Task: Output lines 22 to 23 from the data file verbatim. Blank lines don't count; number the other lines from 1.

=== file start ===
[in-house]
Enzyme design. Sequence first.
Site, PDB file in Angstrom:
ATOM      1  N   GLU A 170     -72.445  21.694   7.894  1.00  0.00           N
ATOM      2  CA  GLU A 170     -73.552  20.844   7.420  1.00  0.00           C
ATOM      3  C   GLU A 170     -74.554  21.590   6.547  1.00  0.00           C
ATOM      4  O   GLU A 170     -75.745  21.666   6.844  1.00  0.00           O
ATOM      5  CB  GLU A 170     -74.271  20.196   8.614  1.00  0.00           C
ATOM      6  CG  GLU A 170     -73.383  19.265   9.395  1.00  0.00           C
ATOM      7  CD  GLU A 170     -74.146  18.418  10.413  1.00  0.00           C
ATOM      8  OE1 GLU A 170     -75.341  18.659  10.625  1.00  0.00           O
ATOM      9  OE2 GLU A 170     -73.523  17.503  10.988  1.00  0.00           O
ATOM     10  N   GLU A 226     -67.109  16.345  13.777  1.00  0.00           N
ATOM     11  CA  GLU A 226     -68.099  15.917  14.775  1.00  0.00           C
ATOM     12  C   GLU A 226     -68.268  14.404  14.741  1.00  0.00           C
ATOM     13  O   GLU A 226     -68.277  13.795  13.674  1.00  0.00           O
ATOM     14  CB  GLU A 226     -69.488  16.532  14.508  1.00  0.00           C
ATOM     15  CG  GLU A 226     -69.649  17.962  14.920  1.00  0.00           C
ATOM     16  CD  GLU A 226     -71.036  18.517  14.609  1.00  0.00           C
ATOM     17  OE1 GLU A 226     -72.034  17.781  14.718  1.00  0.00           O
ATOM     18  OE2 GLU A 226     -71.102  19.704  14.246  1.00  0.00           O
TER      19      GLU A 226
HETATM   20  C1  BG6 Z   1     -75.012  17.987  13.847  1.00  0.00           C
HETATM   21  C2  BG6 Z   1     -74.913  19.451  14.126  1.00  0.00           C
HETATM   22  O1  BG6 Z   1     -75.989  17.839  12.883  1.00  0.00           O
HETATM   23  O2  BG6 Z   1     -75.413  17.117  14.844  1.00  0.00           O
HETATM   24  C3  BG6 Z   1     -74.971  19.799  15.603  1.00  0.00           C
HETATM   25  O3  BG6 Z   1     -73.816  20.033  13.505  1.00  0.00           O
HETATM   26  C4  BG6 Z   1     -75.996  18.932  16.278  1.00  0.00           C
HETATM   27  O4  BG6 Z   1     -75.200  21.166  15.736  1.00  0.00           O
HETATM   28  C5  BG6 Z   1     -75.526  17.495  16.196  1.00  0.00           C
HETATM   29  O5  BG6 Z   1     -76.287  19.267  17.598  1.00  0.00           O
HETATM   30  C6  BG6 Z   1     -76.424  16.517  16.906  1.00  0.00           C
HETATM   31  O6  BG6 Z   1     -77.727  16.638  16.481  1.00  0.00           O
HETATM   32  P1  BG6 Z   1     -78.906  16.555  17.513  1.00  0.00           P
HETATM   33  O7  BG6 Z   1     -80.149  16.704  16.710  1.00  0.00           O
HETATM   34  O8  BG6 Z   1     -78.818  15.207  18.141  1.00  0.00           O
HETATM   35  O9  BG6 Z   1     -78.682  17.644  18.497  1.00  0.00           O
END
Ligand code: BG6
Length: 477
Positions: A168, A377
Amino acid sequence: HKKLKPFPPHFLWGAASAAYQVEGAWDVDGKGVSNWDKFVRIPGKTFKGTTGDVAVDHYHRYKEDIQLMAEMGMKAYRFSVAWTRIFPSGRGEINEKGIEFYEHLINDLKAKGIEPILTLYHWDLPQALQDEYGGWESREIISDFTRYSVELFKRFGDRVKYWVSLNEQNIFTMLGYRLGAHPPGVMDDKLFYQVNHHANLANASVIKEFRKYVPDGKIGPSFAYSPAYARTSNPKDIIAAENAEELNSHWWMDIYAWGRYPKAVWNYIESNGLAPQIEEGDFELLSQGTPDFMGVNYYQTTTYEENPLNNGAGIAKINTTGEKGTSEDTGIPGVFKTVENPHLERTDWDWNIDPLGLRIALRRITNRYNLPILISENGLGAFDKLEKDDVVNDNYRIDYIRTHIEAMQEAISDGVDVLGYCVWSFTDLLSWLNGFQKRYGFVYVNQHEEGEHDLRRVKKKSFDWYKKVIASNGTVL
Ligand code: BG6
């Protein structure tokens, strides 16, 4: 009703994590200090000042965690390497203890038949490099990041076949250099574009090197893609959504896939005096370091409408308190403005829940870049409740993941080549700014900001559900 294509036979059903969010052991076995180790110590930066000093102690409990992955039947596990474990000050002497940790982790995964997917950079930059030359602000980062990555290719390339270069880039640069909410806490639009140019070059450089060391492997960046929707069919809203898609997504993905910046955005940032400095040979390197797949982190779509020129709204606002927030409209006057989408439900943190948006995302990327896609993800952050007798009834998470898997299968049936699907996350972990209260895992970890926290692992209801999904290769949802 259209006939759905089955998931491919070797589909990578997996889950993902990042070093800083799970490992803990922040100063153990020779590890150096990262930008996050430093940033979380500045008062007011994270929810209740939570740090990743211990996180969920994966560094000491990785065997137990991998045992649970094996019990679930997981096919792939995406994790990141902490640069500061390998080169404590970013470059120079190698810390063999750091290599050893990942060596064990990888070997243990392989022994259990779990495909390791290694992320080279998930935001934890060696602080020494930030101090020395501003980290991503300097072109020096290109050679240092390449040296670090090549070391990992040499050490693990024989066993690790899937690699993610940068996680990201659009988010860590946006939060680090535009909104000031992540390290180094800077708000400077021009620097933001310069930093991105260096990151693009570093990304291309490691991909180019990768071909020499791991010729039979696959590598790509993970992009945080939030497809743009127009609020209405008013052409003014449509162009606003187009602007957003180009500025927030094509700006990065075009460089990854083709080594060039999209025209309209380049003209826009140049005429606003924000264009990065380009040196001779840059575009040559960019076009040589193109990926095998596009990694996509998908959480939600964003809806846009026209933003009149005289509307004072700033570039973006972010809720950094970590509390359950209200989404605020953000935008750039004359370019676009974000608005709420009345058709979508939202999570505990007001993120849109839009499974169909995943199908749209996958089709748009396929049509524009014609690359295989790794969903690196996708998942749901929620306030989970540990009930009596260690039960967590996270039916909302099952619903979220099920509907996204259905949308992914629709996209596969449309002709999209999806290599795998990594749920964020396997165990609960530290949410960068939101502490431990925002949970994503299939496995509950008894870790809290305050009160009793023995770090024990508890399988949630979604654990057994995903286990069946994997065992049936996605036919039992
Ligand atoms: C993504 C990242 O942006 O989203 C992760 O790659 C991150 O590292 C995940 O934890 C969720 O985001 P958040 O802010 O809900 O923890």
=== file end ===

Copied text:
TER      19      GLU A 226
HETATM   20  C1  BG6 Z   1     -75.012  17.987  13.847  1.00  0.00           C